Duty and honour at the heart of Indigenous recognition

Friday, Jun 15, 2018, 05:15 AM | Source: Pursuit

Kirsty Gover

In Australia there are no legal avenues to ensure Indigenous participation in law-making, it’s a fact that sets us apart from fellow settler-state Commonwealth countries, New Zealand and Canada.

In our legal system Indigenous peoples have no right to insist they be listened to, even with respect to laws that directly affect their lives and families.

A smoking ceremony during the Coloured Diggers March on April 25, 2018 in Sydney, Australia. The annual Coloured Diggers March started 15 years ago, to recognise and celebrate Aboriginal and Torres Strait Islanders who served in the Australian Armed Forces. Picture: Getty Images

By contrast, the New Zealand and Canadian governments have a legal duty to consult with Indigenous peoples before passing laws or making decisions that directly affect them. At its simplest, it is this fundamental deficit in Australian law that the Uluru Statement from the Heart sets out to address.

An opportunity that matters

The Uluru proposals, which were agreed to by Indigenous leaders from across the country in May last year, are an unprecedented and long overdue opportunity to restructure the ways that Indigenous and settler peoples communicate with one another within and between our political institutions.

The proposed Voice to Parliament offers a way to ensure Indigenous peoples are heard in law-making that directly affects their interests, while a legislated Makarrata Commission would oversee processes of agreement-making and truth-telling between settler and Indigenous communities. Both are very much in line with mechanisms that already operate in New Zealand and Canada.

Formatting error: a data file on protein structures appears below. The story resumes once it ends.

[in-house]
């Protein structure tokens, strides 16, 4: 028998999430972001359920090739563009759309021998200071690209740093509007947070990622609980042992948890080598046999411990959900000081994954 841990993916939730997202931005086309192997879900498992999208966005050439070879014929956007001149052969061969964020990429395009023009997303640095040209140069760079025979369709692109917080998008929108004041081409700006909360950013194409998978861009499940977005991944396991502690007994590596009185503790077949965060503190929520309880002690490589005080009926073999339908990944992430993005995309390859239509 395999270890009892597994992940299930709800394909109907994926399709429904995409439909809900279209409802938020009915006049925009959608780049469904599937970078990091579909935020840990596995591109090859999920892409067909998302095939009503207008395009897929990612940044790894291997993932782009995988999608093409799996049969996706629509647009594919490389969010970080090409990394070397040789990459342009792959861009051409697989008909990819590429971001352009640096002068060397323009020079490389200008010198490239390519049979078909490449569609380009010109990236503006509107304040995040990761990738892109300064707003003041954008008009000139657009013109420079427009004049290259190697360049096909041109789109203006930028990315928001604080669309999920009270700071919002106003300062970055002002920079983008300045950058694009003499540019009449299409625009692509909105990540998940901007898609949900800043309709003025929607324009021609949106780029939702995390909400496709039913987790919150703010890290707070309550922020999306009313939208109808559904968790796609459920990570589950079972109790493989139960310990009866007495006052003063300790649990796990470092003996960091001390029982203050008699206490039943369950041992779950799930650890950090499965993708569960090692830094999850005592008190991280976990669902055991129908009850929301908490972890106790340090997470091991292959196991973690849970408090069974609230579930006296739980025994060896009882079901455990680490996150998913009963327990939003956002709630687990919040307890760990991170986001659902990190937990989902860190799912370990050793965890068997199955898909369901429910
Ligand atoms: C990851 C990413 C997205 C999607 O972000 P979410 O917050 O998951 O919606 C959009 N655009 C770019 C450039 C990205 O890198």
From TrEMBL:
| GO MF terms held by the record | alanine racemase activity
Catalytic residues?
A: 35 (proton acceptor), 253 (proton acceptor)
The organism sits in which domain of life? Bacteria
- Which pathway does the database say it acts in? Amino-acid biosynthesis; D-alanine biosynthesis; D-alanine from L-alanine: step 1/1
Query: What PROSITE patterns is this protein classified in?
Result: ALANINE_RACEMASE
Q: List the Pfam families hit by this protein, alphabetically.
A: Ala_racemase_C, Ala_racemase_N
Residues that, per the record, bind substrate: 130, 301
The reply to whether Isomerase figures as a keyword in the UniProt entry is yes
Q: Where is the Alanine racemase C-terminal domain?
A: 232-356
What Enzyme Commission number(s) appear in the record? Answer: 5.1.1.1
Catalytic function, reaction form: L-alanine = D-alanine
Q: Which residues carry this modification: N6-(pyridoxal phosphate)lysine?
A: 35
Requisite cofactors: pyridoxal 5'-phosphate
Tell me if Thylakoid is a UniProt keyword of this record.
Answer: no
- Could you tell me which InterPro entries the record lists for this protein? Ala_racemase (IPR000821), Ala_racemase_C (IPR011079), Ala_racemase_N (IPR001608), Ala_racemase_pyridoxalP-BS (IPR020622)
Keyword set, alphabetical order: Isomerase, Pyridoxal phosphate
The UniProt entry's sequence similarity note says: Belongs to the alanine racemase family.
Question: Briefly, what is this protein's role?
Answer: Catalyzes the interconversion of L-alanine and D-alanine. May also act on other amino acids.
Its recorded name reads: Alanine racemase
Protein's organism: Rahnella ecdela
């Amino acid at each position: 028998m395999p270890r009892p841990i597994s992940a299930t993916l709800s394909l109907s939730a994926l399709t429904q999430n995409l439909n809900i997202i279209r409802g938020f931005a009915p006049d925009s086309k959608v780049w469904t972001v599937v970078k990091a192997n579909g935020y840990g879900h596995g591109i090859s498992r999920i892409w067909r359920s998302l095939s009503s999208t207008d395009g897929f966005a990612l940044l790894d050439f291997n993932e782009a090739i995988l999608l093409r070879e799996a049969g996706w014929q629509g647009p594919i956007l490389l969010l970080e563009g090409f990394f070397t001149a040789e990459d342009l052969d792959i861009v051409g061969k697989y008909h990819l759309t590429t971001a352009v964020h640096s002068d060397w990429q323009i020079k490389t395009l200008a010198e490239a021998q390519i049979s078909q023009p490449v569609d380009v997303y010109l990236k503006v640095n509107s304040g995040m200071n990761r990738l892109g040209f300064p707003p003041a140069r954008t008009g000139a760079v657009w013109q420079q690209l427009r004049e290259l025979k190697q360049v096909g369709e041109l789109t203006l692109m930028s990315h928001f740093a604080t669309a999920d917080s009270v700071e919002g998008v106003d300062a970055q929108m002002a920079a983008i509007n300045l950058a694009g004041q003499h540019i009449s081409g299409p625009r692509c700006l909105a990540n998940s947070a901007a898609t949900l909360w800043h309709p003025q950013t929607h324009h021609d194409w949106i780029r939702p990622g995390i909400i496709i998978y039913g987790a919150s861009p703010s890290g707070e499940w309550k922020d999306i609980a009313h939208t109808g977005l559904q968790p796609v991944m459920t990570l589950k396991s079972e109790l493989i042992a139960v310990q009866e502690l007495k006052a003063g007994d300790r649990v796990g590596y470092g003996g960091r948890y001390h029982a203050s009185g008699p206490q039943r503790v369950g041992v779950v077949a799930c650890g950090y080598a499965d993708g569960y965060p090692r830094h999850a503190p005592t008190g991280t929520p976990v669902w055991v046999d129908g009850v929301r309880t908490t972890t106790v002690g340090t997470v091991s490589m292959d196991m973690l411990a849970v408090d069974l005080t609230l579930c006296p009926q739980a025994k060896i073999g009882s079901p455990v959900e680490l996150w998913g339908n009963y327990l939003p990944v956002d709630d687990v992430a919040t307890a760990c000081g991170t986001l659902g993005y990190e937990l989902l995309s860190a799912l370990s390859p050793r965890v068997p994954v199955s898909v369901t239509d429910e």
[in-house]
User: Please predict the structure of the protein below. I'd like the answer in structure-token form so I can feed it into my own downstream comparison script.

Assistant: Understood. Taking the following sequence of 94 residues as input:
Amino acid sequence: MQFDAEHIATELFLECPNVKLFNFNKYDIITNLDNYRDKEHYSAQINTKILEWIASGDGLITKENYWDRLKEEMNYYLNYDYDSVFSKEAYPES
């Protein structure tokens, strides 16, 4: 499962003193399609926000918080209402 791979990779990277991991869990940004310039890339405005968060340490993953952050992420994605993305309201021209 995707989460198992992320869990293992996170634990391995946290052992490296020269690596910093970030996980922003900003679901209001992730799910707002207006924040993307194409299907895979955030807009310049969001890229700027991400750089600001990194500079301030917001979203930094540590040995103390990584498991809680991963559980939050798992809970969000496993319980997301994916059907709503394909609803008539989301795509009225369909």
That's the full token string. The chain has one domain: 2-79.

Why does this matter?

The current absence of any duty to consult, means that Australian parliaments may pass laws that target Indigenous communities and may do so without seeking or hearing Indigenous views on those laws. This extends to laws criminalising conduct in Indigenous communities that would be entirely lawful anywhere else in Australia.

The High Court, for example, affirmed in 2013 that laws criminalising the possession of alcohol aren’t racially discriminatory and need not be accompanied by consultation with the communities burdened by them. Indigenous peoples have widely varied views on what is best for their communities, but as the law now stands, in Australia there is no need to ask them.

The Uluru Statement from the Heart (above) was agreed to and signed by Indigenous leaders at the Uluru Convention in May 2017. Picture: Australian Human Rights Commission/Flickr

If a law like this were passed in my inner-north Melbourne neighbourhood of Brunswick, without our consent and without consultation, we would be in an uproar.

Many of us would no doubt agree, as many Indigenous people do, that less alcohol is better than more and that dry communities are safer than others. But none of us would agree that we could be singled out as uniquely criminal, without our consent or input, and made criminally liable for acts that were legal on the other side of Nicholson Street in North Fitzroy.

We in Brunswick would be outraged, but more importantly we would be humiliated.

Torment of Powerlessness

Notoriously, over the course of colonisation, Indigenous peoples in Australia have been denied a say in where they live, what could be done on their land, who they could marry, and who would raise their children. In this way they were prevented from solving their own problems, and often prevented from properly looking after their communities and their land in accordance with their own law.

It is little wonder then that the Indigenous authors of the Uluru Statement from the Heart, and the many communities they represent, are of the view that a secure channel of communication with Parliament is necessary to repair and support their faith in that institution and their relationship to Australian governments.